“Winners never quit, and quitters never win,” spoken by the great Green Bay Packers coach, Vince Lombardi, was stenciled on the wall of our High School locker room. At the time I thought it was just something the coaches had painted on the walls to make us feel guilty about our abysmal win/loss records. We were pretty bad. We never quit, but we seemed to win rarely.
Once I became a middle-aged man with a family, and owner of a business, I realized the true meaning of those words. America has always been a highly competitive place. Look whom we idolize, we revere the person who can throw a ball best, or run the fastest.
We hold the successful in high esteem, and we tend to ignore mediocrity. Those who have not “won” we tend to ignore. That is a downside of being an American. We say we reward those who make an effort, but that is not entirely honest. We demand success.
That is the American character. Is that changing?
America is changing greatly. The change has been going on for awhile. The partisans are quick to say, “Oh, it is because of Trump.” Partisan arguments often are based on narrow situation analyses, constructed not to illuminate, but to take a jab.
The exact day that America started to change was November 9, 1989. That is the day the Berlin Wall fell, and the Soviet house of cards began to collapse. With a crumbling empire and economy, two years later on December 25, 1991, the Soviet Union ceased to exist. America found itself without an enemy.
There are many parallels between the post-Soviet era and the world in the wake of World War II. The world was in the grips of radical changes. The freedom Americans had fought to spread took root, and suddenly the world canvass changed. Economies needed rebuilding, new alliances formed. Wars and civil war erupted as power vacuums filled. The focus of America on The Evil Empire shifted. Our enemies became our friends, and some of our friends whom we had used in the cold war became our enemies.
American leadership thought it would be business as usual. It was not business as usual, and now America is changing. Is that change in our best interests, and does the new dynamic indicate a fundamental change in our character as a nation?
Is a cold war superpower an anachronism in today’s world? Whether they asked it consciously or not, the Republican Party posed the question and seemed to have answered yes, it is a dinosaur. My flag-waving nationalist fellow countrymen and women will take umbrage to that statement. Their policies, actions, and behaviors bolster my claim.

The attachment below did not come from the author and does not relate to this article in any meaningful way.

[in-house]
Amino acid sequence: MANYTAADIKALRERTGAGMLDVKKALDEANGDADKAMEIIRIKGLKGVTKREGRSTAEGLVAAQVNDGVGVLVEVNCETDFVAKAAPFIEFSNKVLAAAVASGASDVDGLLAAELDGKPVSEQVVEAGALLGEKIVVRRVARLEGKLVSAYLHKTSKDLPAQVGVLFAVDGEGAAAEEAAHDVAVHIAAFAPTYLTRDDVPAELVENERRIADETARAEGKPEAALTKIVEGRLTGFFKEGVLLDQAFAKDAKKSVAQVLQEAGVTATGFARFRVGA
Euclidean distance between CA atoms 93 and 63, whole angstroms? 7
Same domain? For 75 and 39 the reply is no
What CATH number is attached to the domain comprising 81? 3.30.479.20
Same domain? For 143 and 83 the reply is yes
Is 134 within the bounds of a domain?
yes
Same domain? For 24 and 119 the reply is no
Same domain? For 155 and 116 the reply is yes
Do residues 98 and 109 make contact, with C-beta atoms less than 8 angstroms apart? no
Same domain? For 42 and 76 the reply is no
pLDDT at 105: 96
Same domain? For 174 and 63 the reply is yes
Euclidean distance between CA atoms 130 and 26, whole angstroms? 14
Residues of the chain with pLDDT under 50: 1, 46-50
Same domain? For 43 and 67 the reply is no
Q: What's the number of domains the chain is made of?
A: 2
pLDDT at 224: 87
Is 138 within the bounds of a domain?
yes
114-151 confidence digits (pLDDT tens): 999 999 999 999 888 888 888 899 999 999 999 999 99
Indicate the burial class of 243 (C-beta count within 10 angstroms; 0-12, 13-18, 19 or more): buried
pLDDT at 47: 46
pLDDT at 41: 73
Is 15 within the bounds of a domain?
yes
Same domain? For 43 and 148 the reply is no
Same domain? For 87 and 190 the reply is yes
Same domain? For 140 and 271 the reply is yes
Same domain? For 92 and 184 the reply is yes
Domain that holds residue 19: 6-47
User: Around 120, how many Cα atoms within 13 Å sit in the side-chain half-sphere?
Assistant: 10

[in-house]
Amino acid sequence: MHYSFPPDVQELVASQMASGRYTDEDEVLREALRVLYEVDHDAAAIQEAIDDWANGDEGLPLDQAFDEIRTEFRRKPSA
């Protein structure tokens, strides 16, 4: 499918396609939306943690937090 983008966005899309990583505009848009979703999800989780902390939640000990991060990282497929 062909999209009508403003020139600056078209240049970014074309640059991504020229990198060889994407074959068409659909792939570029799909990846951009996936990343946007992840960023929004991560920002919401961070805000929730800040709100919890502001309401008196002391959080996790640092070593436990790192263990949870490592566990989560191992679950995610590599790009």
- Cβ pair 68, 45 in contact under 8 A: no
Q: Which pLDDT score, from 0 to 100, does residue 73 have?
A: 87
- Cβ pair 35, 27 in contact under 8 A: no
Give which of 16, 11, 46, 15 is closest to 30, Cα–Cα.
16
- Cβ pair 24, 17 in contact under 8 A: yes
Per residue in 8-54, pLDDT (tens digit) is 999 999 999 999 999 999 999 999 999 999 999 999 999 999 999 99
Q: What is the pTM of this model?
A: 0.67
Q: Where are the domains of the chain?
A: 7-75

However, this goes deeper than politics; it cuts through to the very fabric of America.
The 20th Century has been dubbed, “The American Century,” marking the domination of America in politics, foreign policy, trade, and industry. What about the 21st Century, what has it meant so far to America?
So far the American 21st Century is notable for our decline in global influence. Our twin wars for revenge Iraq, and Afghanistan has produced a less stable, more radical Middle East. The attacks on September 11, 2001, exposed our weaknesses to the world. A handful of men armed with box cutters brought profound change to the world’s remaining superpower. Our military might was no challenge for their cunning.
America went from Reagan’s shining city on the hill, to a bully in the eyes of many. Barack Obama saw the transformation and tried to make amends with the Cairo speech early in his Presidency. The Obama Administration was different from that combative Bush Administration. Mr. Obama’s speech won admiration, and a Nobel Prize, but the world had moved on, and increasingly it moved on without America.
Mr. Obama did not have much of an appetite for foreign policy. For the first time in 100 years, America led from behind. Barack Obama was interested in domestic issues and put the bulk of his Presidental focus there.
The Wall Street Journal reports that America is losing our dominance in technology investment. In the 1990s, well over 90% of global high technology investment funding came from Americans and invested in Silicone Valley. This year, Americans account for 40% of high tech funding, with a new rival, China, who is matching us. China, combined with Japan and other Asian countries account for the majority of high-tech investment.
Technology has driven the U.S. Economy for the past 30+ years. Is this investment decline indicative that America now is not up to meeting the challenges of our new rivals? Along with the new distaste for globalism that has emerged in the GOP in the past decade, are we saying that we just are not up to the job?
I would hate to think so. However, I did not expect the Republican Party of Ronald Reagan to turn to protectionism. I used to skewer retired Missouri Congressman Dick Gephart (D) for his protectionism. Congressman Gephart is a loyal Democrat and will never admit it in public, but I bet he is enamored with the Donald Trump trade policies. They are right up his alley.
America is changing. The American political class like to use the word “return” quite a bit. There is no returning when it comes to politics. History has shown, there is only forward.
Are we merely catching our breath, and will rise to the challenges of this New World Order? The conspiracy-minded in the ultra-right hate the term New World Order, but whether they like it or not, that is what is happening before our very eyes. The only question is will we be the champions or victims of the change?
One thing is sure; we will not win the day by quitting and becoming isolationists and protectionists.
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Tags: America is changing, American decline in influence, Barack Obama, Berlin Wall, China, declining American investment in high tech, Dick Gephart, Donald Trump, isolationism, nationalism, New World Order, post-Soviet, Protectionism, Republican Party, Ronald Reagan, The American Century, trade, Trade Policy, trade war